Thryv real estate CRM, for example, publishes listings on platforms, including Facebook, Twitter, Instagram, Google+, and LinkedIn.

In addition, CRM applications enable realtors to build a local presence in new locations. Lofty’s Social Studio takes the guesswork out of social media engagement by automating the creation and execution of local content.

Other marketing features found in CRMs include the ability to automate the creation of social media ads and generate audience email and other channel lists. A new capability, included in Lone Wolf’s Lion Desk CRM platform, for example, is video texting to nurture leads and showcase properties.

CRM systems enable real estate executives to plan and more closely track their marketing campaigns. These companies use data analytics and artificial intelligence to consolidate information, gauge trends, and make needed adjustments. Realtors collect information about how well the different channels work.

Granular reporting helps to identify pipeline weak points. Lone Wolf’s Property Base includes analytics that help agencies determine the effectiveness of their marketing campaigns. They can track the progress of various channels, and consolidated dashboards illustrate the performance of their marketing campaigns, so they spend their money wisely. Essentially, the analytics improve lead generation.

Real estate companies also deploy CRM solutions to streamline business processes, which increasingly means that artificial intelligence performs tasks and makes decisions that agents or employees previously had done. “In the coming years, I expect that AI-first experiences will drive the real estate and property management industry forward,” said Freshworks’ Mirchandani. These systems automatically send out reminders so agents do not forget an important name, anniversary, event, or task.

The influence of such items has been growing with the latest AI tools, specifically generative AI. These solutions are gaining so much attention because they work with much larger volumes of information (hundreds of billions of words) and larger data models (hundreds of billions of parameters) than previous AI systems. Therefore, they possess impressive and unprecedented power.

The Lofty Assistant, for example, provides a number of automated features. It automatically calls, texts, or emails information, such as a reminder about a meeting later in the day. Agents can query the Lofty knowledge base and learn more about how to execute new or unfamiliar tasks.

Lofty Assistant also fields inbound calls, answers typical questions, and creates new leads based on feedback. If a lead is deemed high-quality and sales-ready, Lofty Assistant can immediately transfer the information to an agent to begin further engagement.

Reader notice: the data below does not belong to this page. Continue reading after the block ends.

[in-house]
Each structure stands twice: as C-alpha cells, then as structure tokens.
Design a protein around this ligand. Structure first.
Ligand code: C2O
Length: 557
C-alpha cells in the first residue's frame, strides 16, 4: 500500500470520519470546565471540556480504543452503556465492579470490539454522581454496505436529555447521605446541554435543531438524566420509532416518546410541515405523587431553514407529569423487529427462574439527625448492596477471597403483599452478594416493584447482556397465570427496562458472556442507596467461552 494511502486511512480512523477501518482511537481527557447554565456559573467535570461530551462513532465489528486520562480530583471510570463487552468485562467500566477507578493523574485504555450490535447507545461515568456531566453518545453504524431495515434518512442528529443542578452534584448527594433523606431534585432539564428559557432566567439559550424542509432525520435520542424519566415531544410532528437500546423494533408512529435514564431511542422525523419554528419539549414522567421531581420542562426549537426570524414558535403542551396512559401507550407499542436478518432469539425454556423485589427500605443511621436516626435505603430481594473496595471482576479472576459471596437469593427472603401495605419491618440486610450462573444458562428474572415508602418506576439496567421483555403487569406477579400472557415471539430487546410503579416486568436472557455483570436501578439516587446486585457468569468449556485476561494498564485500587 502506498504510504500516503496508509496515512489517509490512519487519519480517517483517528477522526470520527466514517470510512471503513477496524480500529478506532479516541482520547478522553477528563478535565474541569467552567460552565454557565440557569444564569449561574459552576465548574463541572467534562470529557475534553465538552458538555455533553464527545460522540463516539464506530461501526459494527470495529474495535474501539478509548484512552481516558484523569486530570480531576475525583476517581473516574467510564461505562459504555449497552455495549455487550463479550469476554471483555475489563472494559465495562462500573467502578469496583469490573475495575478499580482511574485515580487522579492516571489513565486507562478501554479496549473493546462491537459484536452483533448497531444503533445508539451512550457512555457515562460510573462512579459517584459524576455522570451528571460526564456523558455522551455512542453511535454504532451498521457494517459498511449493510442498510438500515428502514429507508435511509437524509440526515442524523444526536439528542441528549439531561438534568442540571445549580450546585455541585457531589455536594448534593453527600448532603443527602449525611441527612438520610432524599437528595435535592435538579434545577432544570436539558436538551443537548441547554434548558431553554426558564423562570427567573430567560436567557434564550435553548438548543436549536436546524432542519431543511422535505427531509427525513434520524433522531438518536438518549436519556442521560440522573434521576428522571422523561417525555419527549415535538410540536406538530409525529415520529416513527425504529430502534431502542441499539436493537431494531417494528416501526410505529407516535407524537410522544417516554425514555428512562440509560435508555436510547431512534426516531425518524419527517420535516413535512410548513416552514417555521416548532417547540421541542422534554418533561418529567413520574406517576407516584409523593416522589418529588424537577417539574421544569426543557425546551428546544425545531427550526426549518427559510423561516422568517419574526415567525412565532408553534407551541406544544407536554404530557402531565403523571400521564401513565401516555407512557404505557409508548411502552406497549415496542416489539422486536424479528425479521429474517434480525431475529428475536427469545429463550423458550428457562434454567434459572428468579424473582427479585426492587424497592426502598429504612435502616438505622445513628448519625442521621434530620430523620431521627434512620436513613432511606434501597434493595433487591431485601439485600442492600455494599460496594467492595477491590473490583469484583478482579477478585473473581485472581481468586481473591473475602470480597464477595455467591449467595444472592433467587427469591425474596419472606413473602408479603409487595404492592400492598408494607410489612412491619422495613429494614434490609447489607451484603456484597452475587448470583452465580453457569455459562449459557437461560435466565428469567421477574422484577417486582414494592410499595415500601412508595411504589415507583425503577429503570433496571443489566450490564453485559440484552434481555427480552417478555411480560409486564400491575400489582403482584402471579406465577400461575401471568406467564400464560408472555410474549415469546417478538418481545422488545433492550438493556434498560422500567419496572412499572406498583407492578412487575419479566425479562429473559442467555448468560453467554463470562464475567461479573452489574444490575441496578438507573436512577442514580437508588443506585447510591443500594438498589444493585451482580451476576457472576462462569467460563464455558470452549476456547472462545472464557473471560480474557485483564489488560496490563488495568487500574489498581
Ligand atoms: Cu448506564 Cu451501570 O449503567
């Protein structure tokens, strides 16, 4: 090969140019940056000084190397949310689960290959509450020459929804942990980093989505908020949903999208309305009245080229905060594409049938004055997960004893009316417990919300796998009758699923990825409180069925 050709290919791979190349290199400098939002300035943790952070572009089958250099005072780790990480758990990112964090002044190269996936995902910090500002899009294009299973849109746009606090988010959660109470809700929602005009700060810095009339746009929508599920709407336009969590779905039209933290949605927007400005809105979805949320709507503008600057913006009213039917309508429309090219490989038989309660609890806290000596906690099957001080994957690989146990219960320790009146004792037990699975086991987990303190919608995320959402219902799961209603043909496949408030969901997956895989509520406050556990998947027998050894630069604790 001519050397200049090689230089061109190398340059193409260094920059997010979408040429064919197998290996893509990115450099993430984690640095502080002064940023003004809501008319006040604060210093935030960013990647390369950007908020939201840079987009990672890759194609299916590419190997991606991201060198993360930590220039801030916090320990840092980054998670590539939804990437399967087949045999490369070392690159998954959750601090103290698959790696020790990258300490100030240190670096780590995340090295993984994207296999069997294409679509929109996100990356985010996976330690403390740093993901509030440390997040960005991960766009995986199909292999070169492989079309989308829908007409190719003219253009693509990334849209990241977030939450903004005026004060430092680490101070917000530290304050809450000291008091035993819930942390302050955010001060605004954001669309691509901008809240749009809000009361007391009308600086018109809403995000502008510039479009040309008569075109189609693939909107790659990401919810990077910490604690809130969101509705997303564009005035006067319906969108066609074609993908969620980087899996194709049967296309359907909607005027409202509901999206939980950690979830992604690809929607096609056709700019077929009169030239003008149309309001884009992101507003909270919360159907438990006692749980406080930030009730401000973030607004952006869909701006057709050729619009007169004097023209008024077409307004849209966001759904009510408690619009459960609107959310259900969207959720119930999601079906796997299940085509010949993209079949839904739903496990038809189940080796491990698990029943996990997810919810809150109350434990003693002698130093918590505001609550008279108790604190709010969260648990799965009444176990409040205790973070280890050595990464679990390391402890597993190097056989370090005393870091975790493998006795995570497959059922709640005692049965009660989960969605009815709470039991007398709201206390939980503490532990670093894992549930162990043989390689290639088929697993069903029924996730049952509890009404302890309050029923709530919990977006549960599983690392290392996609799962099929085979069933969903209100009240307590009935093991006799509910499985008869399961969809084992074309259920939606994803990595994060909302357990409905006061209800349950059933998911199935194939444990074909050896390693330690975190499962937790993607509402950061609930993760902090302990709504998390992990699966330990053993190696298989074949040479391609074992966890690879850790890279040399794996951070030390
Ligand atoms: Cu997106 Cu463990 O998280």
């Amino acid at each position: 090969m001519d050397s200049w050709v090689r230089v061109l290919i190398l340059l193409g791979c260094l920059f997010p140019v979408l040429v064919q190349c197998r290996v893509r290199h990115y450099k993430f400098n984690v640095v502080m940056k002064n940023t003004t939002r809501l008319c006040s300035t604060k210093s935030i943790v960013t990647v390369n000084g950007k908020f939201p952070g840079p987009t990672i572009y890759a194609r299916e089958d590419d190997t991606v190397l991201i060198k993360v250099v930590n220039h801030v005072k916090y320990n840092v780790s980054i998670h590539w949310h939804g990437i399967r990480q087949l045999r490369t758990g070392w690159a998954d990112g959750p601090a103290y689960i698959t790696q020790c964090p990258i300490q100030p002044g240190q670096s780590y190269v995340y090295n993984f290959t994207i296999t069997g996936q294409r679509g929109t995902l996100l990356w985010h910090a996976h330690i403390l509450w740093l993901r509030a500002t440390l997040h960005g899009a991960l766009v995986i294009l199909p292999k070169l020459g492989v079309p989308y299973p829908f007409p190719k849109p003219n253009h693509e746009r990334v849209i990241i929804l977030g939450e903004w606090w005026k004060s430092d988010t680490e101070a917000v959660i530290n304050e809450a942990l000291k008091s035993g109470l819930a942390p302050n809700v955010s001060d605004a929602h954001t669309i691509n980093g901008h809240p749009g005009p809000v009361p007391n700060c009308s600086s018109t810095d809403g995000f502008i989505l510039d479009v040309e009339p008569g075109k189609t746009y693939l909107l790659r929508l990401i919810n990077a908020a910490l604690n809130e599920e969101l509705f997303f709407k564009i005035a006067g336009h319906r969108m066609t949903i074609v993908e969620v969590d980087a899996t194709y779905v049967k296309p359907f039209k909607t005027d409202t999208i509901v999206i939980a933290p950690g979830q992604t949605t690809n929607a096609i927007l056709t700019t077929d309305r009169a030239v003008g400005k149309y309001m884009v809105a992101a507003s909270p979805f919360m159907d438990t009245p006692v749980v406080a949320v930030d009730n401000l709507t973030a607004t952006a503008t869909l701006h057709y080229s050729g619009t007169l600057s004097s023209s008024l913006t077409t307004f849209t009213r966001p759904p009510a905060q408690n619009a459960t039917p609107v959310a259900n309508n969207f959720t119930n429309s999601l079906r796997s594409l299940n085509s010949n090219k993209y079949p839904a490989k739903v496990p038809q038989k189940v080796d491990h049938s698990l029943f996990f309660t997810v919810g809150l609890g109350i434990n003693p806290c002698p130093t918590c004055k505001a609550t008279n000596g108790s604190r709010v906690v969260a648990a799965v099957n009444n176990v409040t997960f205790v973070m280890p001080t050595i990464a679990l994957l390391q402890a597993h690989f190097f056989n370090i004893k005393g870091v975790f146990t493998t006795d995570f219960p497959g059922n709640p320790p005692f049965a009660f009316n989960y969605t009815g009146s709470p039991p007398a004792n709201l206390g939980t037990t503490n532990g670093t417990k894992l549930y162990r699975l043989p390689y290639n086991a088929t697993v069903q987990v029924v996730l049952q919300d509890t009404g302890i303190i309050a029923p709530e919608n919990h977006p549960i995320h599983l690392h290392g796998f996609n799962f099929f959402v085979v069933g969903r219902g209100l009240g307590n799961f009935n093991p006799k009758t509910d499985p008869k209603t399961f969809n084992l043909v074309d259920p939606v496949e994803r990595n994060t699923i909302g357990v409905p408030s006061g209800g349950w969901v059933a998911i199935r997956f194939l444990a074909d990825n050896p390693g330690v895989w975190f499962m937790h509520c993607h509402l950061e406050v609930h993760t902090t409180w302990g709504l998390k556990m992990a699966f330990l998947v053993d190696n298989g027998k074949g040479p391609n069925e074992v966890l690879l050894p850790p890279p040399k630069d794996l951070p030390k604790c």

Legacy systems were designed and run in a vacuum. One department worked with information, but others would know little to nothing about it. CRM tentacles have been branching out, so information flows more freely and easily from one solution to another. For instance, Freshworks has 1,200 application integrations.

Real estate companies, like most vertical industries, have unique needs. Properties are typically listed in Multiple Listing Service. “Another huge driver can be integrations to industry-specific applications, such as lease management apps, property management platforms, and such,” Mirchandani says.

The goal of any CRM deployment in this industry is to provide employees, buyers, and sellers with frictionless connections to all information. However, adding such features has been challenging. Research shows that almost one-third of CRM implementations fail . A few large chains acquired CRM solutions specific to real estate to deliver such capabilities, but experienced mixed results.

In 2019, RE/MAX acquired Booj with the goal of building an end-to-end suite of real estate business applications. Three years later, the real estate franchisor decided to shut down Booj and reduce its workforce by 17 percent by the end of the year.

The realtor replaced that system with Inside Real Estate’s kvCORE, a suite that bundles nine functions, including CRM, web development tools, and a lead-generation application.

In February 2019, Compass acquired Contractually, a real estate CRM software and contact management solution. The solution linked lists of homes sold in an area to other property indexes to determine which properties might be good targets for future listings.

Real estate companies are under pressure to grow their businesses. Increasingly, they rely on their CRM systems to streamline workflow. The systems have become large and complex. In some cases, suppliers have developed their own CRM solutions with mixed results. CRMs have potential to help real estate companies improve their operations. However, these tools are complex, and integrations with new systems can be challenging. 

Paul Korzeniowski is a freelance writer who specializes in technology. He has been covering CRM issues for more than two decades, is based in Sudbury, Mass., and can be reached at paulkorzen@aol.com or on X at @PaulKorzeniowski.